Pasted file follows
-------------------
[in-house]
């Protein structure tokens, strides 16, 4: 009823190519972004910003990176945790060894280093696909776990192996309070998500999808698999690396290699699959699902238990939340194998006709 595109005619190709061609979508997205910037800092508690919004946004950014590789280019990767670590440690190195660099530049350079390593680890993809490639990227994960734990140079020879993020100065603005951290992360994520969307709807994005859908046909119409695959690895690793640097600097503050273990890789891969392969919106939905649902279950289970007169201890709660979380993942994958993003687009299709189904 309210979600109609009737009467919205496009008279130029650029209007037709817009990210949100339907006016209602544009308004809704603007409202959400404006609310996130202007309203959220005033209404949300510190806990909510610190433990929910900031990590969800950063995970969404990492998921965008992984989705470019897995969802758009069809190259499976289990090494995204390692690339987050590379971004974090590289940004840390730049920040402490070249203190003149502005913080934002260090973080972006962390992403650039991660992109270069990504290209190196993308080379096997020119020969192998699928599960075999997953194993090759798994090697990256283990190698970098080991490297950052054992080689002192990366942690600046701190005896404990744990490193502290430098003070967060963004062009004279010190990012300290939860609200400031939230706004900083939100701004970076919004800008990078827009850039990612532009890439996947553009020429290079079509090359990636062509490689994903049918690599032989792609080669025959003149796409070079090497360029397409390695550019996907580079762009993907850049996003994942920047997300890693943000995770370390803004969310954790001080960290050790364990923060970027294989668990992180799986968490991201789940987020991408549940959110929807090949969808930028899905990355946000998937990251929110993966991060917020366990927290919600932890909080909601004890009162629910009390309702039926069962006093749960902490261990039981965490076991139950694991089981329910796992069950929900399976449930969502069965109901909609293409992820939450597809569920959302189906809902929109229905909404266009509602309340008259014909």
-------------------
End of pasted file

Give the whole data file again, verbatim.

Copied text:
[in-house]
């Protein structure tokens, strides 16, 4: 009823190519972004910003990176945790060894280093696909776990192996309070998500999808698999690396290699699959699902238990939340194998006709 595109005619190709061609979508997205910037800092508690919004946004950014590789280019990767670590440690190195660099530049350079390593680890993809490639990227994960734990140079020879993020100065603005951290992360994520969307709807994005859908046909119409695959690895690793640097600097503050273990890789891969392969919106939905649902279950289970007169201890709660979380993942994958993003687009299709189904 309210979600109609009737009467919205496009008279130029650029209007037709817009990210949100339907006016209602544009308004809704603007409202959400404006609310996130202007309203959220005033209404949300510190806990909510610190433990929910900031990590969800950063995970969404990492998921965008992984989705470019897995969802758009069809190259499976289990090494995204390692690339987050590379971004974090590289940004840390730049920040402490070249203190003149502005913080934002260090973080972006962390992403650039991660992109270069990504290209190196993308080379096997020119020969192998699928599960075999997953194993090759798994090697990256283990190698970098080991490297950052054992080689002192990366942690600046701190005896404990744990490193502290430098003070967060963004062009004279010190990012300290939860609200400031939230706004900083939100701004970076919004800008990078827009850039990612532009890439996947553009020429290079079509090359990636062509490689994903049918690599032989792609080669025959003149796409070079090497360029397409390695550019996907580079762009993907850049996003994942920047997300890693943000995770370390803004969310954790001080960290050790364990923060970027294989668990992180799986968490991201789940987020991408549940959110929807090949969808930028899905990355946000998937990251929110993966991060917020366990927290919600932890909080909601004890009162629910009390309702039926069962006093749960902490261990039981965490076991139950694991089981329910796992069950929900399976449930969502069965109901909609293409992820939450597809569920959302189906809902929109229905909404266009509602309340008259014909």